Tragic death leads to charity

James Lerk | Bendigo Weekly | 14-Aug-2015

FOR A GOOD CAUSE: Walter Henry Bradley as a Prima Donna.

Among the many different personalities associated with the Sandhurst Ethiopian Serenaders was a man whose father, William Bradley, had a watch-making and jewellery business in Pall Mall.

William Bradley’s shop was next to Temple Court, located in the block between Williamson and Bull streets. 

William Bradley’s business was highly respected and well patronised by the public, by 1913 he was celebrating his 90th birthday, quite an achievement at that time. 

William’s son, Walter Henry Bradley joined his father in the business and the firm became known as Wm Bradley and son.

By 1873 William Bradley had moved his business to what was then an even more strategic location, 7 Pall Mall, this being only two doors from the then famous Beehive Stores. 

The Beehive also had within its walls the local stock exchange, which attracted huge crowds of share speculators. There was also a branch of the Bradley business at his first location in High Street.

Walter H Bradley was acknowledged as being part of the business in the 1880s as from that time onward the advertising stated Wm Bradley and son. By 1890 however, advertising read “Repairs to watches, clocks, jewellery, gilding, electric plating, engraving, Beehive Watch and Jewellery Company, Jewellery made to order, W H Bradley manager, late W Bradley and son”.

Walter H Bradley was also an active member of the Sandhurst Ethiopian Serenaders which as mentioned previously started in 1878. 

One of the many charitable causes for which the Serenaders performed was for a widow, Margaret Robbins, and her five children. The concert being held in March 1883 at the Masonic Hall in View Street, now known as the Capital.

Margaret Robbins lived at Allingham Street in Golden Square, her late husband William Henry Robbins had worked at the New Chum Consolidated Mine. 

This mine was located on the New Chum Reef some 300 metres south from the gates of Fortuna. It was at this mine where Mr Robbins had an accident that led to his death some 28 months before the mentioned concert.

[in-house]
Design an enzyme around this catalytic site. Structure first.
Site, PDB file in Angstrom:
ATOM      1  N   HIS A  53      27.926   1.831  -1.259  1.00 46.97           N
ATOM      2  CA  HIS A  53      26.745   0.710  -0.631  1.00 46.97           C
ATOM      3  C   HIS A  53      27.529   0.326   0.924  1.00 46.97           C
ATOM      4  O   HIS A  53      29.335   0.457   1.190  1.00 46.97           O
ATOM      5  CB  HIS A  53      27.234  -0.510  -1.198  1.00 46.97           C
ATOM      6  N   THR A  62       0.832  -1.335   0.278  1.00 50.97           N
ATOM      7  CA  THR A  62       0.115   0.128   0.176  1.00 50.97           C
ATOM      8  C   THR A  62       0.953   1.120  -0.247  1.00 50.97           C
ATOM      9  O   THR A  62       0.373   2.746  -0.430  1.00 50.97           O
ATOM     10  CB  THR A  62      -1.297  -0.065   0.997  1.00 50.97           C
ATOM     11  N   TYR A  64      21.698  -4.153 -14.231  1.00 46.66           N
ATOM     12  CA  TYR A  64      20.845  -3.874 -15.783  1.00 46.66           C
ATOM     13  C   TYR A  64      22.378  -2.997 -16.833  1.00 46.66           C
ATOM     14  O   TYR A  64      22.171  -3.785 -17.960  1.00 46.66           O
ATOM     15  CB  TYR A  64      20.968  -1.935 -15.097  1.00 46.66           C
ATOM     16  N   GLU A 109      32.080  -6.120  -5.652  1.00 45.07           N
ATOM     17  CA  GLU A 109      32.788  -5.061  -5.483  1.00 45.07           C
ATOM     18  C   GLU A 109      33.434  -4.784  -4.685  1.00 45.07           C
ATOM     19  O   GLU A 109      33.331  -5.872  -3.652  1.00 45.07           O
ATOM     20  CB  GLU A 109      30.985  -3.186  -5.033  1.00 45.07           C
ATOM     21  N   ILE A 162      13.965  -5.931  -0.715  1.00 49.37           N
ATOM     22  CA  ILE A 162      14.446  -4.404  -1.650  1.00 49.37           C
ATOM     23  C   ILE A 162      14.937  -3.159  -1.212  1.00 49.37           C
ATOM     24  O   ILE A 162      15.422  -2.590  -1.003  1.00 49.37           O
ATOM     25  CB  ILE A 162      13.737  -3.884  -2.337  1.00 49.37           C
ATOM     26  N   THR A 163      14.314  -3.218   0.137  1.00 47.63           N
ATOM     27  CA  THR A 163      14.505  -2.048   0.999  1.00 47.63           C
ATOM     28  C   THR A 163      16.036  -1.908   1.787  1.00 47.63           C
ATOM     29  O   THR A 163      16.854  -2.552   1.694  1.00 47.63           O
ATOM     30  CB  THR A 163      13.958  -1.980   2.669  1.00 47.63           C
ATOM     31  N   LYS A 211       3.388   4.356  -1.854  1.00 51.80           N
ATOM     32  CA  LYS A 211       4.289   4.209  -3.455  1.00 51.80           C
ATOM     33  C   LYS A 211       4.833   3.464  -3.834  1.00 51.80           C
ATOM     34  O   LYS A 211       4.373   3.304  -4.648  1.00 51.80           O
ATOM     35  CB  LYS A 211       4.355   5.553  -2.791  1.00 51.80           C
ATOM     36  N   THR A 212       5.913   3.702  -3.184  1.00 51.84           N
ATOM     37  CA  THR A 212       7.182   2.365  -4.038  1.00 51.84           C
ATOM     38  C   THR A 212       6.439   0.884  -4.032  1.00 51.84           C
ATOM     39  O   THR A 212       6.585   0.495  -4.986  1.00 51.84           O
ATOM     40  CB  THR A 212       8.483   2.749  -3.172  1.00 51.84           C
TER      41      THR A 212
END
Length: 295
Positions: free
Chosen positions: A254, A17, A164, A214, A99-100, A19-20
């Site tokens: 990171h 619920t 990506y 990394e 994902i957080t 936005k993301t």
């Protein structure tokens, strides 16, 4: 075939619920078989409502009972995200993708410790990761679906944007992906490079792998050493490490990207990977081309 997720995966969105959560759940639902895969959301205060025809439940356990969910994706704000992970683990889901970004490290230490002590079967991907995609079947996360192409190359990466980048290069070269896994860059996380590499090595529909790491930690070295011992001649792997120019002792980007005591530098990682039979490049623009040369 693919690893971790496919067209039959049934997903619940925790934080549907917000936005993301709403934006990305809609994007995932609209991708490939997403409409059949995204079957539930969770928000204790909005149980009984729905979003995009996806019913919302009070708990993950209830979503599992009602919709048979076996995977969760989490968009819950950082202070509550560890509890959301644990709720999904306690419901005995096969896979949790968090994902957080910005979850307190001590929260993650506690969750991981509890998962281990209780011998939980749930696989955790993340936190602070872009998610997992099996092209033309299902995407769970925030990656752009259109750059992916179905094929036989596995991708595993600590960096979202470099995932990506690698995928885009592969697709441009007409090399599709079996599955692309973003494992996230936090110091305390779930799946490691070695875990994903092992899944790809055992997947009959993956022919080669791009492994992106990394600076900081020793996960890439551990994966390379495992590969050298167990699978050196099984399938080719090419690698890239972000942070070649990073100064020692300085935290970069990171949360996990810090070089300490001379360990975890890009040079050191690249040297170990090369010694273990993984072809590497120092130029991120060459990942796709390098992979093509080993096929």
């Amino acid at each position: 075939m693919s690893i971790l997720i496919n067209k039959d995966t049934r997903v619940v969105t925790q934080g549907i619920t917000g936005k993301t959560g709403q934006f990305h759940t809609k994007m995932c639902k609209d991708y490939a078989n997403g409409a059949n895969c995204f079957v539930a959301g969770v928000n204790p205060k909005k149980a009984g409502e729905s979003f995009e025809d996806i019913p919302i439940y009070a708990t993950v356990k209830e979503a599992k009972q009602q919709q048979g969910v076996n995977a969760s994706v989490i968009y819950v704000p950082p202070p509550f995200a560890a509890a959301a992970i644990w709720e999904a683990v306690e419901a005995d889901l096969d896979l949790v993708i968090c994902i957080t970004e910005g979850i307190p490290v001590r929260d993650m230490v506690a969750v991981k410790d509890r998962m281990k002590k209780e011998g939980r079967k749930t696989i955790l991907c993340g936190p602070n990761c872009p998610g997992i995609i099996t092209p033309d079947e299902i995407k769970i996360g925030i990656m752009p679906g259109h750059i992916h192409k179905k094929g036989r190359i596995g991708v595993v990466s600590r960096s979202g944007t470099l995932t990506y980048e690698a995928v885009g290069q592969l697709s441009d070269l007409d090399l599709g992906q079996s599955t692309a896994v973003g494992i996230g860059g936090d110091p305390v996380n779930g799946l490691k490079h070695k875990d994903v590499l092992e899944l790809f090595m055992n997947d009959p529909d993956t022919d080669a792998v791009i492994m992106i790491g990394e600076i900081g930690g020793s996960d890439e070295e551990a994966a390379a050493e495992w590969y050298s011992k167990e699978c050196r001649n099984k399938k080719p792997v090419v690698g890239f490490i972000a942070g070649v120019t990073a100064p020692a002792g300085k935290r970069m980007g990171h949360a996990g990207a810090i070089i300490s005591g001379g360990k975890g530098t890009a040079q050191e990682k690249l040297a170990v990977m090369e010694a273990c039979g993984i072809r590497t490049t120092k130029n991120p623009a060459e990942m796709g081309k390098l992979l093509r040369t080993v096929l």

Mr Robbins had been working in the mine some 200 metres underground, he was extracting quartz from a reef, the void created became a large stope. 

Mr Robbins struck a large piece of quartz in order to break it up so it could then be loaded into the ore truck and hauled to the surface for crushing in the mine’s 30-head battery. 

A small, exceptionally sharp piece of the quartz flew off the block and lodged in the soft of William Robbins’ neck.

Only a small wound could be seen on the surface, it was dressed by Dr Eadie to stem the blood flow. Well bandaged, Mr Robbins then walked home. Later that same evening he passed away, at the subsequent inquest it was found that the quartz sliver had cut through some major blood vessels and the internal bleeding was the cause of death some six hours after the accident.

Even though upon the passing of her husband Margaret Robbins received £40 in compensation, by the time she had paid for the funeral there was only a small amount left. 

The five children were all under the age of 10, so the remaining compensation money did not last long. Mrs Robbins became destitute in every sense of the word.

There was a large billing for the charitable concert held in early March 1883 to raise money for the Robbins family. 

However, the organisers of the concert were somewhat disappointed that not all the artists who had promised their services showed up. 

As a result those that were present to display their talents were called upon to perform extra numbers in order to fill the gaps in the program. 

Walter Henry Bradley and other Ethiopian Serenaders also responded to render further items to patch
over the holes left by the missing artistes. 

One of Bradley’s roles was as a female character and here you can see the results of his cross-dressing.


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